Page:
Former head of Intel’s Data Center Group Diane Bryant has been appointed Chief Operating Officer of Google Cloud, bringing an engineering background and 30 years of industry experience to the position, as well as experience leading a group that brought in $17 billion in revenue last year, according to a blog post announcing her appointment.
Bryant left her role at Intel in May, taking a lengthy leave of absence for family reasons. At the time Intel CEO Brian Krzanich credited her with transforming the group “from a server-centric group to a business that spans servers, network, and storage across all end-user segments, and with product lines and business models that extend beyond the traditional.” At the same time Intel’s shift included a greater focus on the server business, including an appearances by Bryant at AWS re:Invent to announce new chip deployments.
“Google Cloud is the most technologically advanced, most highly available, and most open cloud in the world,” Google Cloud CEO Diane Greene wrote in the blog post. “We are growing at an extraordinary rate as we enable businesses to become smarter with data, increase their agility, collaborate and secure their information. Diane’s strategic acumen, technical knowledge and client focus will prove invaluable as we accelerate the scale and reach of Google Cloud.”
Bryant had worked at Intel since 1985, and was promoted from senior VP to executive VP in April 2016. She also serves on the board of United


Brought to you by ITPro
When businesses talk about the public cloud, two of the top concerns that often come up are speed and cost. Google is hoping to give its cloud users more control over these aspects with new network tiers that help them optimize for either performance or cost savings.
Premium Tier – which Google said is optimized for performance – is what existing Google Cloud customers use. This tier “delivers traffic over Google’s well-provisioned, low latency, highly reliable global network. This network consists of an extensive global private fiber network with over 100 points of presence (POPs) across the globe.”
In Premium Tier, end users enter Google’s private network through the POP closest to them, and GCP delivers the traffic to the application over the private network.
Given that existing customers are already accustomed to the performance of Premium Tier, it seems unlikely that these customers would be the target for the cheaper tier; however Google said that some use cases may suit the Standard Tier, which offers lower performance.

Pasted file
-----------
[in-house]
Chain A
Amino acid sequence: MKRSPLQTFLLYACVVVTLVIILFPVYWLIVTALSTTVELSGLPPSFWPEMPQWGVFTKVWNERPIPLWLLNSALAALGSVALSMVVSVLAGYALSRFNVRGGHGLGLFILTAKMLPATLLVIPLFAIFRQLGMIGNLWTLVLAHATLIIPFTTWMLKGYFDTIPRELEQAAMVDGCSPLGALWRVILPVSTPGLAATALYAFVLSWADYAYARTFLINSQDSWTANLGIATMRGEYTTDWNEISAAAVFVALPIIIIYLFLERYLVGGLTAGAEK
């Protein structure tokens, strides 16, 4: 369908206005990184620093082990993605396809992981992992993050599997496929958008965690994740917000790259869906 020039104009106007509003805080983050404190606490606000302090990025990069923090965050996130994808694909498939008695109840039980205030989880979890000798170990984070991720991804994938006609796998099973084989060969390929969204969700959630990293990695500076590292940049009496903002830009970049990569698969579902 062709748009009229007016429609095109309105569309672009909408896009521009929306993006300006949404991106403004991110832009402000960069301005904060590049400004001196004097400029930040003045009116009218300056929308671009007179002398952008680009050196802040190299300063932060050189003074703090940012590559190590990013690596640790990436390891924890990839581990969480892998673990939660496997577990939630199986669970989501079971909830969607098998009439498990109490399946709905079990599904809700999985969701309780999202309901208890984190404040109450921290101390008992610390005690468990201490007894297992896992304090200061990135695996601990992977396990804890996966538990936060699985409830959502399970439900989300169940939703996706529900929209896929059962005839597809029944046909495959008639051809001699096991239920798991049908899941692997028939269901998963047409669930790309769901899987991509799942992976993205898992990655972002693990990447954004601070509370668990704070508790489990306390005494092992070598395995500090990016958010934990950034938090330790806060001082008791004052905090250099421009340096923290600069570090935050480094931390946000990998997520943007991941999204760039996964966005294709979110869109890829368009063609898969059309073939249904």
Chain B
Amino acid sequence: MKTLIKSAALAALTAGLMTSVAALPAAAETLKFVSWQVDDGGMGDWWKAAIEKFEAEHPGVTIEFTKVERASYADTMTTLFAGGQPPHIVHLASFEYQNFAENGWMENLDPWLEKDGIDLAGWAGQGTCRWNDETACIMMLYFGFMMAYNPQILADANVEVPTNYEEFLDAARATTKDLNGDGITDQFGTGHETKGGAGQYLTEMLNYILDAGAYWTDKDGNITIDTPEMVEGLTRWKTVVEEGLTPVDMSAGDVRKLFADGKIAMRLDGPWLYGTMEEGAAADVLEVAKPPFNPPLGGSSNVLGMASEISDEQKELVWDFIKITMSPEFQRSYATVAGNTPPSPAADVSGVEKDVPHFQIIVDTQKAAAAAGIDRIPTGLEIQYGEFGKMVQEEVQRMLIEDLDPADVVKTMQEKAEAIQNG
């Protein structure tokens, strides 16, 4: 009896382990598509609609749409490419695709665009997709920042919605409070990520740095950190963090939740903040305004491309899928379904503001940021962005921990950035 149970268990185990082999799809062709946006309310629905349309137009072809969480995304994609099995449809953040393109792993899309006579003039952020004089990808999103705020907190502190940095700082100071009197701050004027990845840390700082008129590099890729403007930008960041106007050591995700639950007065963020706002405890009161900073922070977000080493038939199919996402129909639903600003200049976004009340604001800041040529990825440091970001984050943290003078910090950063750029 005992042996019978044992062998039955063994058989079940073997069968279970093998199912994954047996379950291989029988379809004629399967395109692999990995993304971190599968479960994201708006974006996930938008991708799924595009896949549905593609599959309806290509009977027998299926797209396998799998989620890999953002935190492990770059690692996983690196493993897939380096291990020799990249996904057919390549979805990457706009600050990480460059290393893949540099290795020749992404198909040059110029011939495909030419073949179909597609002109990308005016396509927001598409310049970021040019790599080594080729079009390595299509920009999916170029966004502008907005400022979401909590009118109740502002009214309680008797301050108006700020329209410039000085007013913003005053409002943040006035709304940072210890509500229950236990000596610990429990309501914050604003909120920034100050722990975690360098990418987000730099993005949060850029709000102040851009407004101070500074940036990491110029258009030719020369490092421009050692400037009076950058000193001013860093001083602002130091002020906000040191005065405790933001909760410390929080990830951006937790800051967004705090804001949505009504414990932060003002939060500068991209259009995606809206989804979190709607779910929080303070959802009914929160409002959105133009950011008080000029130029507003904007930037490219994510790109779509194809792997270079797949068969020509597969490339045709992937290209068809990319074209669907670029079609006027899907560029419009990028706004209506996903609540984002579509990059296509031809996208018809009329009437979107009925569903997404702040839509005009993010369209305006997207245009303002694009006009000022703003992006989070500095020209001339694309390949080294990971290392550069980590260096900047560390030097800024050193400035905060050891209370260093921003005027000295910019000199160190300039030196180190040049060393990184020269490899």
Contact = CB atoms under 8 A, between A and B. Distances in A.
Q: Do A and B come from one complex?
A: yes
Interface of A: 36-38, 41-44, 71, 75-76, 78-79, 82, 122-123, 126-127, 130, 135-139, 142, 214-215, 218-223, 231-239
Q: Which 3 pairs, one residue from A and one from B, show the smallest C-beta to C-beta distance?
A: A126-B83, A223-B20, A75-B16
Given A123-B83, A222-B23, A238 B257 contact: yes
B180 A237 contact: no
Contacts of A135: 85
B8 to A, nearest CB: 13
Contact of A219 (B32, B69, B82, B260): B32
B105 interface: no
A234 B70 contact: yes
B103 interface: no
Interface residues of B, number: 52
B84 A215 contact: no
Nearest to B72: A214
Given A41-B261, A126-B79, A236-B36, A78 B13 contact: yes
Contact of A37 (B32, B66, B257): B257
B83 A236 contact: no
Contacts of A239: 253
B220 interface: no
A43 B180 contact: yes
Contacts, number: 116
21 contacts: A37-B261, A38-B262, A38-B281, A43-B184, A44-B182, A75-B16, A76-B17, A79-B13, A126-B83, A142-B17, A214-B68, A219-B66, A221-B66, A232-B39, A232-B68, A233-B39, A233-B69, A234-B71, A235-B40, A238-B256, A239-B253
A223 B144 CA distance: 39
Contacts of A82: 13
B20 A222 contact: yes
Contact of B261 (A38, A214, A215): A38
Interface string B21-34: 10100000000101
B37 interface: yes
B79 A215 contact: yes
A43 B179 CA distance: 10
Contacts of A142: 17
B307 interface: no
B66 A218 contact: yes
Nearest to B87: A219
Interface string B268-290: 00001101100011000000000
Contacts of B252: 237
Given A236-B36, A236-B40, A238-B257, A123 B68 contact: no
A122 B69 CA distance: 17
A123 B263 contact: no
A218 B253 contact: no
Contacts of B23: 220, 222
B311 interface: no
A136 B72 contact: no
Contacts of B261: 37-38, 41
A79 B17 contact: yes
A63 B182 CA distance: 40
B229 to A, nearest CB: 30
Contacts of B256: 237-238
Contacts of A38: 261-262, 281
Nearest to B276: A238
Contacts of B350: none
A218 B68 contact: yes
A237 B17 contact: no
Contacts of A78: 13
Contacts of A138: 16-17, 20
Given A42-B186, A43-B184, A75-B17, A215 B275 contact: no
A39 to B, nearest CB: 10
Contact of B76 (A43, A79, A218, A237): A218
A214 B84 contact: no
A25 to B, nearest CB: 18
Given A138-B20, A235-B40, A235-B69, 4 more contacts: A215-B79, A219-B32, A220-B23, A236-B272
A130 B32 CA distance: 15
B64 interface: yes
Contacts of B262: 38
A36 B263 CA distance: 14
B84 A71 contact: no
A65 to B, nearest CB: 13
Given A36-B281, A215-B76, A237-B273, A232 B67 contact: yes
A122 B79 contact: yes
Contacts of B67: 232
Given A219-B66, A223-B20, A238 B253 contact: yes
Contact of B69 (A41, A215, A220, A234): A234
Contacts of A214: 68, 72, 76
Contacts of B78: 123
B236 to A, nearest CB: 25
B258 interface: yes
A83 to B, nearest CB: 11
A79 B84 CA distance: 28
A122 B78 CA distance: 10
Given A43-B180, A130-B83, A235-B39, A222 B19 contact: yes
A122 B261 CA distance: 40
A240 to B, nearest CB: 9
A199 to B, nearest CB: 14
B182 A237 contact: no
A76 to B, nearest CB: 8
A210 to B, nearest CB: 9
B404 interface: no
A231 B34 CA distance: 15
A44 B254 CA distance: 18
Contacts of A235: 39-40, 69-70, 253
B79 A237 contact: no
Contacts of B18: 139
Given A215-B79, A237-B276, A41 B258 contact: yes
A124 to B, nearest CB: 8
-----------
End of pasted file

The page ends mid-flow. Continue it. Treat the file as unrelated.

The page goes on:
“Over the last 18 years, we built the world’s largest network, which by some accounts delivers 25-30 percent of all internet traffic,” Urs Hölzle, SVP Technical Infrastructure, Google said. “You enjoy the same infrastructure with Premium Tier. But for some use cases, you may prefer a cheaper, lower-performance alternative. With Network Service Tiers, you can choose the network that’s right for you,


Brought to you by IT Pro
Not long after Google Cloud senior vice president Diane Greene said that in the next five years it could overtake Amazon Web Services (AWS) as the top hyperscale cloud provider, Google appears to be making headway on this promise.
Alphabet reported its Q2 2017 earnings on Monday, and while analysts were tripped up on the rising costs on its advertising side and the massive anti-trust fine, Google’s cloud business continues to hum along as investments in talent and infrastructure pay off.
In Q2 2017, Alphabet reported revenues of $26 billion, an increase of 21 percent on the same period last year. Google Cloud revenues sit in the “other revenues” category, which reported over $3 billion in revenues, a rise of 42 percent from Q2 2016.
Google’s ongoing focus on attracting enterprise customers to its cloud is starting to have a material impact on its earnings, according to second quarter results. Its enterprise cloud customers include Nintendo, Home Depot, Coca-Cola, and Spotify. Google CEO Sundar Pichai told analysts on Monday that Google Cloud Platform has a “diverse set of use cases across sectors and industries and geographies and so, I would say the breadth of what we have seen, it’s really surprised me.”
“Google Cloud Platform, GCP, continues to experience impressive growth across products, sectors and geographies and increasingly with large enterprise customers in regulated sectors. To be more specific about our momentum with

© 2012 Webhosting news Suffusion theme by Sayontan Sinha